Can platform-wide AI ever fit into enterprise security?

Opinion AI - loud, confident, and wrong. That's not talking about generative AI's ability to hallucinate, although why not? Rather, it's about the big picture, the platform-wide Recall from Microsoft and, oh dear, Apple Intelligence.

Both companies seem a bit annoyed that not everyone likes the idea of being watched by an interventionist robot. Microsoft rowed back a lot on Recall, while Elon Musk simply hates the Apple stuff. This from a man who wants to put chips in our heads. This time, heaven help us, he might be right.

This iteration of AI across the platform just cannot fit into the enterprise. Here, handling other people's data is highly regulated, at least in the EU and for those who handle EU-sourced data. Competence and compliance have to be demonstrated. Best-practice engineering and sector-appropriate protocols are the order of the day.

It's hard, expensive work that too often lags behind the threats, yet it has cohesion. Encryption of data in flight and at rest, servers, management, and endpoint apps secured by well-engineered stacks in protected memory are the basics on which workable security is built.

If only humans could be engineered out. As yet, no update has been developed that lets humans directly process or source encrypted data. At the moment it enters the eyeball or leaves the finger, it has to be in the clear, as vulnerable to evil as the quaking vole caught out of its burrow by the stern raptor's gaze. Many attacks in history have succeeded through tampered keyboards or remote spying on monitors and other endpoints.

This analog hole is ultimately unpluggable, but it can be minimized. People may need data in the clear, but they also need it in tiny chunks. The leaky endpoint has been and will always be a problem, but it's mostly one of handling humans. Platform-wide AI changes that equation in a way nobody foresaw.

You can define and design everything your secured data touches inside your systems, and where it has to move externally you can wrap it in solid crypto if you want to apply analytics.

None of this is perfect. Supply side attacks, misconfigurations, and bodged updates are details to delight any devil. It's still well-designed, competent, and defensible practice.

Now add platform-wide AI. It has two jobs. One is to pretend to be human to apps, absorbing data in the clear as it is available. The other job is to appear to be superhuman to the user, magically synthesizing suggestions and insights, taking the reins through massive data crunching. Massive data crunching means massive data, the more the merrier.

This does not sit well on the secure stack. In principle and so far in practice, it's a voracious consumer of data, invisible to the apps that source it, coupled with an analytics engine that does things that may be unpredictable and unfathomable, and every so often squirting who knows what out to a secret cloud. You're expected to demonstrate compliance with that monster prowling the platform? There's no per-process security setting in the analog hole.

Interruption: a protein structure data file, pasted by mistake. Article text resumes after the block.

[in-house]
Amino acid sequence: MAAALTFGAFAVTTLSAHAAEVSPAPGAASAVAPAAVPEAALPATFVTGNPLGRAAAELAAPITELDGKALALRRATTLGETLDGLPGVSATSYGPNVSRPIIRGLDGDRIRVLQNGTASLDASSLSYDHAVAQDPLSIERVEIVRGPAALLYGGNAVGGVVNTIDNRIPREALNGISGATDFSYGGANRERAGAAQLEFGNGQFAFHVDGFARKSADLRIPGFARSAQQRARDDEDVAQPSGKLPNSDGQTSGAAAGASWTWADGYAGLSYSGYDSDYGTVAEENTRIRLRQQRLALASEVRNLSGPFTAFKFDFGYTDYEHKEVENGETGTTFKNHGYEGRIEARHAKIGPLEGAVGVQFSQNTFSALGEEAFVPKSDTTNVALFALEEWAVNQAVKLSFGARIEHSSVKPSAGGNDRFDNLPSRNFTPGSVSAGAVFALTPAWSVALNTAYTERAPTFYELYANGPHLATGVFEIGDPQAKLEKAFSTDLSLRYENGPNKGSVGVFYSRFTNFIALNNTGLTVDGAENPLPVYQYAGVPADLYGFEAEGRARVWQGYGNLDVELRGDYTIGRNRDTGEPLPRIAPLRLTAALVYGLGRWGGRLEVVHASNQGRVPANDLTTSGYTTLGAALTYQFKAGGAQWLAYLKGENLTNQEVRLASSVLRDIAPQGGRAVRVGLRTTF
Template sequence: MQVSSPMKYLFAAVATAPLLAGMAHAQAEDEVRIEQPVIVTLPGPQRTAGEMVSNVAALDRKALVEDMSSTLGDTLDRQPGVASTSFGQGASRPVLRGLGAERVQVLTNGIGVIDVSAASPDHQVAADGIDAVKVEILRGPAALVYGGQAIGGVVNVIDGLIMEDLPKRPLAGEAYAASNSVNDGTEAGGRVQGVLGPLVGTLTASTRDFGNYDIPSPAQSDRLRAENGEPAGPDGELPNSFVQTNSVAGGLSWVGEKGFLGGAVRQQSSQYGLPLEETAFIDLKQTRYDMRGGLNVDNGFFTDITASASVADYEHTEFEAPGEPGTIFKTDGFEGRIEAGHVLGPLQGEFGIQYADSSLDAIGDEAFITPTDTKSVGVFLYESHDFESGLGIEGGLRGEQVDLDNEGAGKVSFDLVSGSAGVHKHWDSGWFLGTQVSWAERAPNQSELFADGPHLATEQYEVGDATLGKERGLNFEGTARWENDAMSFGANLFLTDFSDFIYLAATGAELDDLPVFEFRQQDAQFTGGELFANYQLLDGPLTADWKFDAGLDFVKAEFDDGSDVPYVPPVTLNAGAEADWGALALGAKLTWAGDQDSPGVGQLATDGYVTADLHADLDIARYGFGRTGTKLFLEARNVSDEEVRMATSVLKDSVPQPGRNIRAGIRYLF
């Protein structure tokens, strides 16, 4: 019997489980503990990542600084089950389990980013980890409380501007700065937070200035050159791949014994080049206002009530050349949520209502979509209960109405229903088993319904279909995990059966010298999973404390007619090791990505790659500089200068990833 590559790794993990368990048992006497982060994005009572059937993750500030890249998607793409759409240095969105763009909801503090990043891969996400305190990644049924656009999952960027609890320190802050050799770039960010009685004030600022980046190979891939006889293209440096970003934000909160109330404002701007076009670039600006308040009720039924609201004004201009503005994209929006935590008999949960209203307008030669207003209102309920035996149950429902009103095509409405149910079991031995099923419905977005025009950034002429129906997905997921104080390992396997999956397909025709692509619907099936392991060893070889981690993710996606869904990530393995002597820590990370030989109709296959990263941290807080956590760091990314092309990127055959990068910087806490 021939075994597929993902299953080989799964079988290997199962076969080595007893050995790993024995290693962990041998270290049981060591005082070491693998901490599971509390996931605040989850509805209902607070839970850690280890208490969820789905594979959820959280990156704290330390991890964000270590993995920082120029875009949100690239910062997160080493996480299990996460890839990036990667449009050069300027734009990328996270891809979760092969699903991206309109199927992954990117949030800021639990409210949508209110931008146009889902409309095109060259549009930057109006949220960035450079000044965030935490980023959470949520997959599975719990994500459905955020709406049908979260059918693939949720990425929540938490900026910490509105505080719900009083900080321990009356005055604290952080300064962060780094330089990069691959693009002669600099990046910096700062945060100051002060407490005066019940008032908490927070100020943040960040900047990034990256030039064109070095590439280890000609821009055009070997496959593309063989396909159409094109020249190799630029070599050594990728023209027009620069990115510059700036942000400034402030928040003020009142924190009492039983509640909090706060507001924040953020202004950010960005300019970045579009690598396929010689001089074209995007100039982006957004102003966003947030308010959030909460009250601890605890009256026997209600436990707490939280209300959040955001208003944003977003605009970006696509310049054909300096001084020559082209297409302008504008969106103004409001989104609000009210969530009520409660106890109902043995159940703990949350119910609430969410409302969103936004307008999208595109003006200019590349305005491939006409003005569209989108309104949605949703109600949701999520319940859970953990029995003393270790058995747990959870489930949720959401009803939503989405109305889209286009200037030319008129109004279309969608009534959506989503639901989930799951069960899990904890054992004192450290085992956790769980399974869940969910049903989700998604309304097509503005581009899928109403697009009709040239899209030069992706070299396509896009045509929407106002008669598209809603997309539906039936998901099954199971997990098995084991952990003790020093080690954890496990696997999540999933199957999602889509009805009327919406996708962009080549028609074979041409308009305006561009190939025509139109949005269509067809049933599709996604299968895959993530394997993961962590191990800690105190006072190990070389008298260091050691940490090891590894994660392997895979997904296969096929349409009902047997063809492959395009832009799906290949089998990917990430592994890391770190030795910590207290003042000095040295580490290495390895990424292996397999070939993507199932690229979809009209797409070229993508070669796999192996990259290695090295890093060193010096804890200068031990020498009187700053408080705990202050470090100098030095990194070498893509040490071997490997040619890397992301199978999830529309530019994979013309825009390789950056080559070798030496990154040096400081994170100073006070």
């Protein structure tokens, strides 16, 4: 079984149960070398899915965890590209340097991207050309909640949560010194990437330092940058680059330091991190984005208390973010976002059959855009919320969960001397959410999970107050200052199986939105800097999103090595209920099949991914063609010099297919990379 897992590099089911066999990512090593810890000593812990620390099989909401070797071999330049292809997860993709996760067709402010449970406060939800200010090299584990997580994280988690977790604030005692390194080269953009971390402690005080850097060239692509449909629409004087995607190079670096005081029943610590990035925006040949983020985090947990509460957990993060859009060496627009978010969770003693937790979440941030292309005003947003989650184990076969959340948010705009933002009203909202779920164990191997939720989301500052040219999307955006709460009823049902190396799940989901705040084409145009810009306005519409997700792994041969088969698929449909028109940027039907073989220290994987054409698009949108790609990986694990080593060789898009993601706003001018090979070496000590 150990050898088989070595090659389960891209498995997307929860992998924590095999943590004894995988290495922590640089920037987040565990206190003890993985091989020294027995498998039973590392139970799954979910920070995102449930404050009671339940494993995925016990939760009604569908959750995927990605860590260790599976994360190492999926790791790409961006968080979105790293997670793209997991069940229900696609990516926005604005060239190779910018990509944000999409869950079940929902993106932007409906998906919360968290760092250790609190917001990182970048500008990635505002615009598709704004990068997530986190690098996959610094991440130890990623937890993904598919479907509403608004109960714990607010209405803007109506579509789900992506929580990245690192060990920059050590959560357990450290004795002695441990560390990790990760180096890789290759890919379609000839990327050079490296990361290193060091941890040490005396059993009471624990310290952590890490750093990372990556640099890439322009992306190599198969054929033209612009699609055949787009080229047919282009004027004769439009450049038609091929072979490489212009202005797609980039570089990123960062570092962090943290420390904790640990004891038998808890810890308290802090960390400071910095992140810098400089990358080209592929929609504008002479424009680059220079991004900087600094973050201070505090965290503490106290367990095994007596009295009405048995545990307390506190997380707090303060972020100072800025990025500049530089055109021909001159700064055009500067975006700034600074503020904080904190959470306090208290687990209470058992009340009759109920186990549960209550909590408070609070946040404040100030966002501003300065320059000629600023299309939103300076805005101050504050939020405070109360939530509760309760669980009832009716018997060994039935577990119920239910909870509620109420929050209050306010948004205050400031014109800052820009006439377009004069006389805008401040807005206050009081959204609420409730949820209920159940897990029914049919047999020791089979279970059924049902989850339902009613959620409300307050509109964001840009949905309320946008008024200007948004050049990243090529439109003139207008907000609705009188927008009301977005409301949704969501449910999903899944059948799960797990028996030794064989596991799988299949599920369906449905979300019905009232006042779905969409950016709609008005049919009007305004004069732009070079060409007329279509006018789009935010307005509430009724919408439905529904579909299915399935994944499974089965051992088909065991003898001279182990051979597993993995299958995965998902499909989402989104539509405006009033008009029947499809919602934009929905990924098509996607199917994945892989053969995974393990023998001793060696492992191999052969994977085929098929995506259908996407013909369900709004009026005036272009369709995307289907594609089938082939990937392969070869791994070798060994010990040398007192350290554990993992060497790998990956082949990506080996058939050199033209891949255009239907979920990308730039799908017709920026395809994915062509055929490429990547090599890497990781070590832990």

It doesn't matter how much the vendors claim their AI is secure, that almost everything is processed in-device and only anonymized, encrypted data will flow out to oh-so-secure cloud devices that will forget everything in microseconds. Platform-wide AI is smeared like honey across the top of the stack, and we only have their word for it that it's ant-proof.

Even if everything was completely true, you may not want it. You may not want the intensive in-device processing eating up your energy and clock cycles. You may not want to write a compliance report that boils down to relying on the marketing claims of a new and unproven technology weaponized like photon torpedoes in the latest Big Tech War. You may want to keep control.

No matter how you draw the diagram, you can't. Microsoft may have made Recall opt-in instead of opt-out - what on Earth were you thinking, guys? - but the tech's still waiting in the wings, they want you to use it, and don't tell me you've never seen an update mysteriously re-enable a feature you thought was six feet under.

There is simply no place in the security stack for the platform-wide AI on offer now. AI can and hopefully should have a place in security, but only when its job is defined, its access completely under control, and its design and behavior demonstrably secure.

It should go without saying, because it's been said for so many decades, that if you want a platform that isn't in thrall to the very worst urges of multibillion-dollar gambles, then FOSS is there for you. Enterprise security is about knowledge and control. Platform-wide AI gives you neither, but there's a path that gives you both. ®

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